On 11/11/2010 20:35, Jeremias Maerki wrote:
Thanks for the detailed explanation. I think I follow what you mean.
IIUC what you say above then when we fully embedded the CID TTF it would
not have been extractable? In the same way a subsetted font is
meaningless when extracted. If this is true then clearly there is little
value in making this configurable without also adding the extra tables
you mention above, which I am guessing is a lot of work and probably not
I fully understand the desire to install the font on a PostScript
printer to keep the PS files smaller. To answer your question: I did not
ask for the business use case. The problem I'm struggling with in this
context is how to know about the CID meaning of the font, i.e. the
multi-byte encoding of the font.
When we do subsets in FOP, we re-index the glyphs starting with index 1
(or 3) by occurrence in the document. Only FOP knows which Unicode
character is represented by which CID. That's why we need the ToUnicode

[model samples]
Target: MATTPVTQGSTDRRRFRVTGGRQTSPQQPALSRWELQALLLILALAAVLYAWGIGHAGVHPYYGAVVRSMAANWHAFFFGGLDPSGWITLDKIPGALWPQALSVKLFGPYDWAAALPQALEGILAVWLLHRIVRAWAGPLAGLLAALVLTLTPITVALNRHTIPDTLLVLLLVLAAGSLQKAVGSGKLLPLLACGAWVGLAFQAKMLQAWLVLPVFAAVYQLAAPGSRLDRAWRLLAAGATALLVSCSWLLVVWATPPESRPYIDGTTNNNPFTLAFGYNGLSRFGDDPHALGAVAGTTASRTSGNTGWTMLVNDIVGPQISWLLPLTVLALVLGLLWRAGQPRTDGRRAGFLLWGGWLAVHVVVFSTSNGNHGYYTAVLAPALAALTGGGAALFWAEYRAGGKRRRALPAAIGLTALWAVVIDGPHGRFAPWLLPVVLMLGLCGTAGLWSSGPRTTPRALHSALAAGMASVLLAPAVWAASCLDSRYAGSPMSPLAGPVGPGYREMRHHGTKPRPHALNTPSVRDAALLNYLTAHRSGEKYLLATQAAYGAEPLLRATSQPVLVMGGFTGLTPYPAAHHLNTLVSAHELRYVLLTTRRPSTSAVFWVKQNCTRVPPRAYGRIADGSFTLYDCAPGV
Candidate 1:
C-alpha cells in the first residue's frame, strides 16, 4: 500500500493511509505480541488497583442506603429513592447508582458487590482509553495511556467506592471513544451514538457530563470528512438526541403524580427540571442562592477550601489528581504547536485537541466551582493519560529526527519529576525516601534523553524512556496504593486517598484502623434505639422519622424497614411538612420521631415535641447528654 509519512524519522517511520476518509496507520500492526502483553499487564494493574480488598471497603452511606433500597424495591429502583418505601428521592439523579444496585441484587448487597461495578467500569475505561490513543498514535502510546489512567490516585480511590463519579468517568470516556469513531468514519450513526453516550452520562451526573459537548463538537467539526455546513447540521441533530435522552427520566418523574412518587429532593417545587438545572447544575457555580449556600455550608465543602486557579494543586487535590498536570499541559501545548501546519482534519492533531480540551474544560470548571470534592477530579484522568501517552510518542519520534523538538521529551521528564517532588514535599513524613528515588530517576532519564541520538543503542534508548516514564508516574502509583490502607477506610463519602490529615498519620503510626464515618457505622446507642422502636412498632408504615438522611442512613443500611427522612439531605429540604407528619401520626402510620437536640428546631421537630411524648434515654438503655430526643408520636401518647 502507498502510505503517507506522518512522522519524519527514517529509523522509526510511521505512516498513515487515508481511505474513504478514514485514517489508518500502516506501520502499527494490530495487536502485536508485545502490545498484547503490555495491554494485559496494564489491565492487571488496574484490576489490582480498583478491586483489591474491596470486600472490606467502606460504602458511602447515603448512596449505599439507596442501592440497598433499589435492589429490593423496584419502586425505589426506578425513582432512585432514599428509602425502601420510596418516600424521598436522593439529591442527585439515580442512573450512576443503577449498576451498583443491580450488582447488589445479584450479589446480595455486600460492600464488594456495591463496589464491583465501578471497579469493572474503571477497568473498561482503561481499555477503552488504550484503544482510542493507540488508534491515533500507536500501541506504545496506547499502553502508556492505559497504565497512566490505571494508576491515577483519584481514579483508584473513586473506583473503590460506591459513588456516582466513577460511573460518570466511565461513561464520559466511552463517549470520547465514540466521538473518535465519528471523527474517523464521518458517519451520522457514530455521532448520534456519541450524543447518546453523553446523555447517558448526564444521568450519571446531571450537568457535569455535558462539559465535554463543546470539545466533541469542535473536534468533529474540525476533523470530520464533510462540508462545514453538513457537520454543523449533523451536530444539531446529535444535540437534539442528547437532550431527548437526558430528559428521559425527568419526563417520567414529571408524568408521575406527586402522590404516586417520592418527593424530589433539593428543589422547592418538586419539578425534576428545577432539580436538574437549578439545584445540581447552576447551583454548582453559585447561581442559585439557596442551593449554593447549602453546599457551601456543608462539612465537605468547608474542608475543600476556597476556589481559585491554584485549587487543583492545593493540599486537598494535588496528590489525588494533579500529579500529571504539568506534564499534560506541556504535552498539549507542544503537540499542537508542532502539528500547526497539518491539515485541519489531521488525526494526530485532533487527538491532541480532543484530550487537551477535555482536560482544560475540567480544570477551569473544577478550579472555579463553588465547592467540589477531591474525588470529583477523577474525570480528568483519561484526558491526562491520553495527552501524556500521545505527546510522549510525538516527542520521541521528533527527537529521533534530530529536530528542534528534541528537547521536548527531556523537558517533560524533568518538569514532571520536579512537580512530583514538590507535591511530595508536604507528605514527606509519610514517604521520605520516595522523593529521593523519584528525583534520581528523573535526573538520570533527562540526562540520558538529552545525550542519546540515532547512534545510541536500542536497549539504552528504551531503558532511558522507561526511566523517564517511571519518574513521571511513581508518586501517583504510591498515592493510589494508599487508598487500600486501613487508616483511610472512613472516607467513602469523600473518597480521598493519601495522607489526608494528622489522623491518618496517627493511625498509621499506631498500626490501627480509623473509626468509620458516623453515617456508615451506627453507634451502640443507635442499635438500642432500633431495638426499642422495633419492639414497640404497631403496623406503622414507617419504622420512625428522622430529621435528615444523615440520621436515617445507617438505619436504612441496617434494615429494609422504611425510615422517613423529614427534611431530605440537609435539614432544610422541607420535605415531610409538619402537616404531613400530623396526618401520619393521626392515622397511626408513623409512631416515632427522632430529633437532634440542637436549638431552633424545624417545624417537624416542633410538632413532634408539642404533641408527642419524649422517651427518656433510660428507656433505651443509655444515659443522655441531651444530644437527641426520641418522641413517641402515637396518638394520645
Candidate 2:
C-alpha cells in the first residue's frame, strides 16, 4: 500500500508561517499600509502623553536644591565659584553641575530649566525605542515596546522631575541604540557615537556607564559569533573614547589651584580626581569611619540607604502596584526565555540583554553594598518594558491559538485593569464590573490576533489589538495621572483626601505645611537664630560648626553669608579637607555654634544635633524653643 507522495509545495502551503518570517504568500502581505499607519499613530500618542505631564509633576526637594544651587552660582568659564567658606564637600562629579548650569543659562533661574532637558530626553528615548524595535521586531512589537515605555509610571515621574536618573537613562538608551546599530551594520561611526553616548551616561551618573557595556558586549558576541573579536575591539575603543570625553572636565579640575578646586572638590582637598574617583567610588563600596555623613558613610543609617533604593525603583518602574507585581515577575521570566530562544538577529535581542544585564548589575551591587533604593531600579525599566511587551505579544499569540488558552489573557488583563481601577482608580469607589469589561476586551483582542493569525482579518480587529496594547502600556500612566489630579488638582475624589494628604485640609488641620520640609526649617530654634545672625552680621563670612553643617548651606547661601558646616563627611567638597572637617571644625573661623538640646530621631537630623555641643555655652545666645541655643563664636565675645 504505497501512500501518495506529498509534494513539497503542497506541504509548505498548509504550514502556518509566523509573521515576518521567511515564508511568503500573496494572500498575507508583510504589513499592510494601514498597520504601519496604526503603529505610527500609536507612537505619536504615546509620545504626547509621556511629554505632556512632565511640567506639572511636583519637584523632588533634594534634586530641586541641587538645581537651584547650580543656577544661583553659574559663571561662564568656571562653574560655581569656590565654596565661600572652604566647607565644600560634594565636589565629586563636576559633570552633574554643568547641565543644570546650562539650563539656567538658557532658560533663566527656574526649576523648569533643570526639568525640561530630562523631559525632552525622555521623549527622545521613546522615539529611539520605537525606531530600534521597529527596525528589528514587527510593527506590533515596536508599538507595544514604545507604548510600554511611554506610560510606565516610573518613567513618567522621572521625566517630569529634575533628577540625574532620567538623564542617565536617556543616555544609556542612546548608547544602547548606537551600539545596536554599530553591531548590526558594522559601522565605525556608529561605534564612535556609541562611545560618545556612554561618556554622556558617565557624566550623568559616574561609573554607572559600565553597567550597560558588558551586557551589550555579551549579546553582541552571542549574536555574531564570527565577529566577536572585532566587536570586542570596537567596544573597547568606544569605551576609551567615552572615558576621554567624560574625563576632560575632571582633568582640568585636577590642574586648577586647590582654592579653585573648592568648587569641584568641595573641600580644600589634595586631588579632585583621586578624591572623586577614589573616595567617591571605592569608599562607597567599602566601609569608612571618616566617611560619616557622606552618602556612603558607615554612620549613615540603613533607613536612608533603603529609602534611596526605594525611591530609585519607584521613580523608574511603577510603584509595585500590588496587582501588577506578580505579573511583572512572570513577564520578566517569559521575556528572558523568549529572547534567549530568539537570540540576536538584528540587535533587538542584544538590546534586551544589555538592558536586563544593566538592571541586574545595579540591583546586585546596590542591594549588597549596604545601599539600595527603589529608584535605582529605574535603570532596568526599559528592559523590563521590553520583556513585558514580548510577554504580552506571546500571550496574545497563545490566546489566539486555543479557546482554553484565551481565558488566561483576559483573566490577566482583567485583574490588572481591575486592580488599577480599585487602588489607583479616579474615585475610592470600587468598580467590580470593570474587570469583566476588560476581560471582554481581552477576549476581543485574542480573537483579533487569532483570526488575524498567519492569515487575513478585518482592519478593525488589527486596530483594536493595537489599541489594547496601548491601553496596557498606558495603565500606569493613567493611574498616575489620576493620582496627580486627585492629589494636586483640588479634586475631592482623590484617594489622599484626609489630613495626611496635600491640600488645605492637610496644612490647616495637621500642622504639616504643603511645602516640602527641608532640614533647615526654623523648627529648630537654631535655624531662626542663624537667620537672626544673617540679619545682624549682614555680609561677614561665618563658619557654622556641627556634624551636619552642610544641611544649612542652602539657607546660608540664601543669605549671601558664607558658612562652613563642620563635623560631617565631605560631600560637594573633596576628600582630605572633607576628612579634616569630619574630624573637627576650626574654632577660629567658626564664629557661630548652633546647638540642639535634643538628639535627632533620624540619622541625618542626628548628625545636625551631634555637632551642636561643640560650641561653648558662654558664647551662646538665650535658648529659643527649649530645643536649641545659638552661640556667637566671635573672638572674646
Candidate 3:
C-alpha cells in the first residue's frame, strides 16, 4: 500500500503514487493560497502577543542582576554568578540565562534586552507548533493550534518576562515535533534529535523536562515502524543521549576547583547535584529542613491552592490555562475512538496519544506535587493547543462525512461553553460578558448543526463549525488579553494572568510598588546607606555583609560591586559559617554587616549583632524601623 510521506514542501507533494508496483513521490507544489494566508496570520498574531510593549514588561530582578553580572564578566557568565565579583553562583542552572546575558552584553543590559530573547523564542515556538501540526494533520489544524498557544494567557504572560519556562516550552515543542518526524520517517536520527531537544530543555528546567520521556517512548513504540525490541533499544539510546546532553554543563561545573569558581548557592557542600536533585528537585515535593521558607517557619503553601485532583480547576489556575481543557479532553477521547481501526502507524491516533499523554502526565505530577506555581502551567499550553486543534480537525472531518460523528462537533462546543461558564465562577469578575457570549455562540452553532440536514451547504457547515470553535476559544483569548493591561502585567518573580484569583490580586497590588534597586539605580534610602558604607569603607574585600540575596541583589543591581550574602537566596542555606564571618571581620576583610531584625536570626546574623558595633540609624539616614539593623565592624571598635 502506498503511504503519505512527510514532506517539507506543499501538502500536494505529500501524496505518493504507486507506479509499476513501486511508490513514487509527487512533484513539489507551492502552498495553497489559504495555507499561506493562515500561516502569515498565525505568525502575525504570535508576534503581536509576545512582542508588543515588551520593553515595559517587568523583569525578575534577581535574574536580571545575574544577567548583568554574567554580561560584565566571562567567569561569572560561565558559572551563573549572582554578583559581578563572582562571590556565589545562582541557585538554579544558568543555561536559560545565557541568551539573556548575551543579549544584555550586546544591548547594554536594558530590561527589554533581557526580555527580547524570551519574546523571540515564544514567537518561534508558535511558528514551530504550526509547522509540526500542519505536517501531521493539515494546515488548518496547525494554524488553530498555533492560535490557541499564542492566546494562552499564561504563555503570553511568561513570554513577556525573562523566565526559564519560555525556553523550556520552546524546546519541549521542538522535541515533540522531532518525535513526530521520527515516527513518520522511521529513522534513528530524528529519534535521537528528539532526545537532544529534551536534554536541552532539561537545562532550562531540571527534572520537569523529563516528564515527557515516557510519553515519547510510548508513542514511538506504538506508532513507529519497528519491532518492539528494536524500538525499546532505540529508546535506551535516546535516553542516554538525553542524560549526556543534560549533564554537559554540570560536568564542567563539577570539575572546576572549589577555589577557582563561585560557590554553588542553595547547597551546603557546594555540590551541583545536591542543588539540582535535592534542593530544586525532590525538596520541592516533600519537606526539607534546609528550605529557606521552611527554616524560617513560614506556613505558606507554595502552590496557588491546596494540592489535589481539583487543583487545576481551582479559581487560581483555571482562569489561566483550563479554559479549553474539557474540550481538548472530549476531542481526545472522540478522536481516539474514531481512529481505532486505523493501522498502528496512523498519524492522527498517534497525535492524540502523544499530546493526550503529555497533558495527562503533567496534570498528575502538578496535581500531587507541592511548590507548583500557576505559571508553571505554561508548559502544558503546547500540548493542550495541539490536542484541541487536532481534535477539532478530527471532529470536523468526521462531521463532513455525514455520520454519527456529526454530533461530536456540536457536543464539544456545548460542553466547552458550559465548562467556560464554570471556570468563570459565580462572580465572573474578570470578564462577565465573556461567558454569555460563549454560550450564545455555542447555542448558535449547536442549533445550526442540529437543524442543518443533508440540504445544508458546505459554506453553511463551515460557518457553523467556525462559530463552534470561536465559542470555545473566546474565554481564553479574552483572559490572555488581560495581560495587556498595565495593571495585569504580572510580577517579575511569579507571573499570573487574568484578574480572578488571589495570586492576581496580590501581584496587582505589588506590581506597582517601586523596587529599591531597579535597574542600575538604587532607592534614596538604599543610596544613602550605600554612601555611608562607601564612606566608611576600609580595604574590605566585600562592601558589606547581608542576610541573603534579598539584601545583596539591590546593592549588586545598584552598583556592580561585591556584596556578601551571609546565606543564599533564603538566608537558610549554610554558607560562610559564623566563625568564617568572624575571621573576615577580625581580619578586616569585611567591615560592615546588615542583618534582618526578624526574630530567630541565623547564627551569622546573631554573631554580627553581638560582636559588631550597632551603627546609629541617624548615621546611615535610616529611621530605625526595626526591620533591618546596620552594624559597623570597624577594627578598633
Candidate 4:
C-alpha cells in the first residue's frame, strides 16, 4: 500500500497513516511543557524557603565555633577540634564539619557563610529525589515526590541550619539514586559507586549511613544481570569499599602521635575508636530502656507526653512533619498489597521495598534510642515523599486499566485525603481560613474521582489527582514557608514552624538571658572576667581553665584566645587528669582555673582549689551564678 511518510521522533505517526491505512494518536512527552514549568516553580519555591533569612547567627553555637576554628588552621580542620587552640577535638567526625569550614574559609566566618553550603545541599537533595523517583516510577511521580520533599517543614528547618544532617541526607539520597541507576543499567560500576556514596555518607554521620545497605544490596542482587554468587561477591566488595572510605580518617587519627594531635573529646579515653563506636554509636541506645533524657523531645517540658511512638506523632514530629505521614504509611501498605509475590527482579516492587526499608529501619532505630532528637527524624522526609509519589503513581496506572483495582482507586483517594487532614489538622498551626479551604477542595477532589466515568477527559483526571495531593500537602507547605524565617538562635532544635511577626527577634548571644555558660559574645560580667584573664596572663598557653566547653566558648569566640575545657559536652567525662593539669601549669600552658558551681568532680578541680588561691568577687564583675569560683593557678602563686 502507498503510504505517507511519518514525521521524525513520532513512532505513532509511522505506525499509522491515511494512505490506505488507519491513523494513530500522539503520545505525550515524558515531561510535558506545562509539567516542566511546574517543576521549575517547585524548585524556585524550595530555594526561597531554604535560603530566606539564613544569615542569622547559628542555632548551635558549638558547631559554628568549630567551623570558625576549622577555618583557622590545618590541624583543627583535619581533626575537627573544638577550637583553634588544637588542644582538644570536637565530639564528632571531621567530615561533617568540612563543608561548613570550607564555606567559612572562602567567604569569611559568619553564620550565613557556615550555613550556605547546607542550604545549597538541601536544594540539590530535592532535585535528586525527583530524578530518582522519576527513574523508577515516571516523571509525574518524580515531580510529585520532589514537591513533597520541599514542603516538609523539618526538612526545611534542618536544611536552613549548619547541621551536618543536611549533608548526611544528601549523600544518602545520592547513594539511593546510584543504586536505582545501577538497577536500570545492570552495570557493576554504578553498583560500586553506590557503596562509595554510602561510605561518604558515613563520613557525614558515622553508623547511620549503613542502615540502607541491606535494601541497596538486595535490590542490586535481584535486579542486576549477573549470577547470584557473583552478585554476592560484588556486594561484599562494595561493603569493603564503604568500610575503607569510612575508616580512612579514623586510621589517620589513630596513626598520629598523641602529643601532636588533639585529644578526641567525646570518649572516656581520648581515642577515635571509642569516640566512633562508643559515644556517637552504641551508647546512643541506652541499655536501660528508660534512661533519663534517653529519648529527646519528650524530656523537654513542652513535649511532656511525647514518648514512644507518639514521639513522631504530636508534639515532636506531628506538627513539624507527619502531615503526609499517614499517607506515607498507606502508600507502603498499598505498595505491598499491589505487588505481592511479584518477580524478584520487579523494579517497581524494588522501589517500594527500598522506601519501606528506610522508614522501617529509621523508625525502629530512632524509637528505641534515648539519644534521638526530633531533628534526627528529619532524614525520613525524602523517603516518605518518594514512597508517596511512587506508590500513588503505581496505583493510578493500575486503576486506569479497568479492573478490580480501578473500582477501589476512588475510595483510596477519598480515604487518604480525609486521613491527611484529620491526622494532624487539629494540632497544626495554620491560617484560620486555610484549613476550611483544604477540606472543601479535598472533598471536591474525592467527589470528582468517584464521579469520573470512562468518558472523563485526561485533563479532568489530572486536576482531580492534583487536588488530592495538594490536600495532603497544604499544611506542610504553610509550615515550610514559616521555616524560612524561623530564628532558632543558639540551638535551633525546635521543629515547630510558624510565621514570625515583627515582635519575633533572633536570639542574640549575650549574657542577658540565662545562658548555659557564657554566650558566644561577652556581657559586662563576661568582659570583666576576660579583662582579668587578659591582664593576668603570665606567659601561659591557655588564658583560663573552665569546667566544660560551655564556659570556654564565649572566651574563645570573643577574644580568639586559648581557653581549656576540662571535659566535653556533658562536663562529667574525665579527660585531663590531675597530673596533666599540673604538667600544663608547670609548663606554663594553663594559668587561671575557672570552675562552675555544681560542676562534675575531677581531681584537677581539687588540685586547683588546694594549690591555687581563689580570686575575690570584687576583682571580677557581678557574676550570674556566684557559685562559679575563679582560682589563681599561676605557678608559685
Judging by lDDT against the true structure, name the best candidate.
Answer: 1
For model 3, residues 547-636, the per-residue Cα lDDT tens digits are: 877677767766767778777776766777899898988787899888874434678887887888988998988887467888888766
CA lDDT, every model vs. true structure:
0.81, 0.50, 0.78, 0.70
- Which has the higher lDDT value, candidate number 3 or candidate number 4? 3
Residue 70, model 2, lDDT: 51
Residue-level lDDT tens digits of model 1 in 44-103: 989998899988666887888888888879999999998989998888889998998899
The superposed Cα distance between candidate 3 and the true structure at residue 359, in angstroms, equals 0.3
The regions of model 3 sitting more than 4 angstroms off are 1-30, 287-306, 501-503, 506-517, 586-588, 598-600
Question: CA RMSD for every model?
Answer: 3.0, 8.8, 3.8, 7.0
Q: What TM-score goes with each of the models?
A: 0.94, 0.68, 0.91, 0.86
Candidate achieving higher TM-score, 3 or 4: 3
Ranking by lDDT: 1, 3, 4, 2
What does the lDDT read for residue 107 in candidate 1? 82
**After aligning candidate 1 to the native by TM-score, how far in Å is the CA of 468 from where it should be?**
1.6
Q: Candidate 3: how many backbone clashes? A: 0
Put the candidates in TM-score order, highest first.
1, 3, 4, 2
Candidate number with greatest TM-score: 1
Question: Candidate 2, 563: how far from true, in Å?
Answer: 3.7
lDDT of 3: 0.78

CMap in PDF. Otherwise, text extraction would not be so easy.
In single-byte mode, the whole font is embedded (right now probably with
the same problems I've just fixed with rev1034094 for the TTF subset).
In this mode the Adobe character names map into the font, so 8-bit
encodings can be built to properly address the right characters even if
the font is not embedded. That's also how we currently do referenced TTF
fonts for PDF output.
If we fully embed the font as a CID font, we currently lose the
knowledge about which index represents which Unicode character.
Combining the font with a suitable CMap resolves the problem but at the
moment we only use Identity-H which is a 1:1 mapping. One solution would
be to turn the Unicode "cmap" table in the TrueType font into a custom PS
CMap and then use 16-bit Unicode characters directly. FOP currently
doesn't support that.
What about Type1 fonts? Do we always embed the font fully and can they
be extracted for re-use?